Average asking prices for property in England and Wales have increased by 2.1% in the last month, the fifth monthly price rise in a row, the latest index shows. It means that prices have now risen by 9.1% since the start of the year, the strongest start to a year since 2004, according to Rightmove.
The figures also show that the south of England has hit all time highs with prices surging in London, the South East and East Anglia. Indeed, average asking prices in London have gone past £500,000 for the first time. Property in London is now twice as expensive as the national average and increased by 3.1% in May compared with April.
‘The tumbling of records is being driven by the equity rich generation with a definite southern bias, though agents in most parts of the country are reporting strong demand for well priced and decent quality stock,’ said Miles Shipside, Rightmove director and housing market analyst.
‘The recession appears to have precipitated a change in buyer behaviour which has left them more choosy and less willing to settle for second best. Not only are they looking for value and wary of paying over the odds, prospective buyers are also giving thought to ease of resale, a sign that the pain of this financial crisis has left them more mindful of the liquidity of their assets,’ he explained.
Quote from PropertyCommunity.com : “London saw average advertised residential property rents increase for the first time in four months, up by 0.26% between week two and week four in April, new data shows.”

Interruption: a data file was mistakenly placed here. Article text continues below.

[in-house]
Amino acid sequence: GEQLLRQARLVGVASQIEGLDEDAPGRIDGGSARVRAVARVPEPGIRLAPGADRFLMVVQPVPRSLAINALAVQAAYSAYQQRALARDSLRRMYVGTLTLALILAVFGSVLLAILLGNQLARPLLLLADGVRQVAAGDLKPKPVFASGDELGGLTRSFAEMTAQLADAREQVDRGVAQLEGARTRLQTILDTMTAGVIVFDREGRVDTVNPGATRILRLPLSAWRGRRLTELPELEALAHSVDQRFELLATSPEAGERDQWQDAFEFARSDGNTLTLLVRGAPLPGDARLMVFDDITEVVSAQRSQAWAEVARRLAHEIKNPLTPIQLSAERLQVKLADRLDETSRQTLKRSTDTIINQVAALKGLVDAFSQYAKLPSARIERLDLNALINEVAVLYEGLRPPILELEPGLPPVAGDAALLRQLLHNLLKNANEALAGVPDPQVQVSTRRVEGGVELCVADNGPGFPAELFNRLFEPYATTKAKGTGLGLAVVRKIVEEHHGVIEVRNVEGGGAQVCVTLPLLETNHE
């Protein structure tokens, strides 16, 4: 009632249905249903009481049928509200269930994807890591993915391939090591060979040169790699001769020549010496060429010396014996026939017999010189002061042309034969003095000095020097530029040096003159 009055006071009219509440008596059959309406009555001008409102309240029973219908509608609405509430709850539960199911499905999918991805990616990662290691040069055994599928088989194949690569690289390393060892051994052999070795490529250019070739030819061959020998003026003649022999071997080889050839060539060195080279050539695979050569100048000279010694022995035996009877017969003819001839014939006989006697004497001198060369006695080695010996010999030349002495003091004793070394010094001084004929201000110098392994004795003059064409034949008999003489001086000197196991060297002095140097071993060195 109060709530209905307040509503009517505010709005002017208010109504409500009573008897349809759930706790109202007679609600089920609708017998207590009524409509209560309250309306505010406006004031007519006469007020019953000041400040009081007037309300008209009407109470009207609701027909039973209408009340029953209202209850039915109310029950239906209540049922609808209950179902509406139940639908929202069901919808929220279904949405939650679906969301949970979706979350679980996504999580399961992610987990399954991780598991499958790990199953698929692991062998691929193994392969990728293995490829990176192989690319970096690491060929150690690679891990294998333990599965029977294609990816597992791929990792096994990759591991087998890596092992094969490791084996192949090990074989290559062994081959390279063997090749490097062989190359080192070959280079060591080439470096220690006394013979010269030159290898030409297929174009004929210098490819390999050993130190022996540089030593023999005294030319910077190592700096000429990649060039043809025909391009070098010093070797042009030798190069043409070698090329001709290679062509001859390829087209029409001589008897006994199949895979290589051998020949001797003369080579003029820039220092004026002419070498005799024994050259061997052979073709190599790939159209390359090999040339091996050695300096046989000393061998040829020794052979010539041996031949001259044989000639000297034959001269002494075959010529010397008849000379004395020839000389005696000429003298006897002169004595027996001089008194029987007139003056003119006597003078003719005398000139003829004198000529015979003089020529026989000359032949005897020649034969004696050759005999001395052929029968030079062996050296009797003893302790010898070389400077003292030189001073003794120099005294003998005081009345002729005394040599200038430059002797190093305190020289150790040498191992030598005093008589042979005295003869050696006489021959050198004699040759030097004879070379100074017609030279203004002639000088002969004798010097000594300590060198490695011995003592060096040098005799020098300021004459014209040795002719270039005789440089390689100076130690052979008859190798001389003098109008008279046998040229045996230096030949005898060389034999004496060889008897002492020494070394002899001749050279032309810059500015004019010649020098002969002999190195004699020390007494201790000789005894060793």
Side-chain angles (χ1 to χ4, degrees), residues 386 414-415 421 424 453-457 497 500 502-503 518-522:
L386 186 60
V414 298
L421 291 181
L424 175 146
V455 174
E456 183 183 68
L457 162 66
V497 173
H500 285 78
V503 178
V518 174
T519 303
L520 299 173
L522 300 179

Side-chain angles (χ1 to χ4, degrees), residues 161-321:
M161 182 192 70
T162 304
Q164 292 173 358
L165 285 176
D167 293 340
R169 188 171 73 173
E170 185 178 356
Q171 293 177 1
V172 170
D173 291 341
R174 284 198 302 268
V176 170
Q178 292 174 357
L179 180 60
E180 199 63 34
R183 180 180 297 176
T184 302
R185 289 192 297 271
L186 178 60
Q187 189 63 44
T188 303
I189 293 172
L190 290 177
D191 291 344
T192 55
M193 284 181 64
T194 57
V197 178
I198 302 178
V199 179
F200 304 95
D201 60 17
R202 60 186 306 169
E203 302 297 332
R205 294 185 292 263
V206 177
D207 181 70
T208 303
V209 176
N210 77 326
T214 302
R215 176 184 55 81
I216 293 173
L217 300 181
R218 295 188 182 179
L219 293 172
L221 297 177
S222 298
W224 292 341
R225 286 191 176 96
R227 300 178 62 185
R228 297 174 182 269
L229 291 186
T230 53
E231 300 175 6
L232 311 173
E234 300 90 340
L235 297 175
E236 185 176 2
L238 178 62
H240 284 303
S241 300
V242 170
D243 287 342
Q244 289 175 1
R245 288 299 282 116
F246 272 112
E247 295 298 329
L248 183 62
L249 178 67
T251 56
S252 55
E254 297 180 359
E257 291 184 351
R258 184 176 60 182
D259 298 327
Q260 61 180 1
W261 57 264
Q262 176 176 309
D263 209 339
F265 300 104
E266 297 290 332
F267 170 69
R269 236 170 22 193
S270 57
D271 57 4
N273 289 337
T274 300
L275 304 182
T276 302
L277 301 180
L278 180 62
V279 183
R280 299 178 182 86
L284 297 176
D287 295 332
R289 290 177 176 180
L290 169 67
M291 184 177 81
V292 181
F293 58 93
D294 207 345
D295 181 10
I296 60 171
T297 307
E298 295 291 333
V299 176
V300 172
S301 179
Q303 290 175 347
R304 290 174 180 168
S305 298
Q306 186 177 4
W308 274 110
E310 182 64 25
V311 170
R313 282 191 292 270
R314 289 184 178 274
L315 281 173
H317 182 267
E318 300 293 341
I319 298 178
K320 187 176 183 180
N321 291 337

Shipside said that the availability of cheap money is key to driving positive sentiment and, with 84% of respondents to Rightmove’s latest Consumer Confidence Survey stating that they felt prices would be the same or higher in 12 months’ time, this seems to be feeding through to home movers. ‘However, the pent up demand is still being frustrated by the restricted supply of fresh property. Rightmove has recorded 3% fewer properties coming to market when comparing the first five months of 2013 to those of 2012. This helped exert the upwards price pressure resulting in this month’s new record asking price,’ he added.
Meanwhile, another new index shows that the average price of a new home in the UK increased by 1.9% in April compared with the previous month to reach £236,122. The index from SmartNewHomes also shows prices are up 4.1% on an annual basis and have increased across most of the country. The biggest monthly increase was in Greater London, up 6.8% and outside the capital city Yorkshire and Humberside saw the highest monthly price growth of 4.4%.
However, East Anglia suffered its first price drop of the year, falling back to £213,789, its lowest price since April 2012. All regions in the UK except Scotland witnessed positive annual price growth with the South West and North West seeing price rises of 9% and 6.6% respectively. ‘It has been a very positive spring for developers. The launch of the Help to Buy scheme has boosted confidence in the new homes market, reflected in positive monthly, quarterly and annual price growth,’ said Steven Lees, director of SmartNewHomes.
‘The scarcity of supply remains the thorn in the side of the housing industry. Despite recent planning reform, we are yet to see any notable impact on supply and the number of homes being built remains as low as ever,’ he explained. ‘The Help to Buy scheme has the potential to have a huge positive effect on our society by helping thousands more buyers into home ownership, but without an increase in supply there is a real risk that the scheme will ultimately only push prices even further out of reach,’ he added.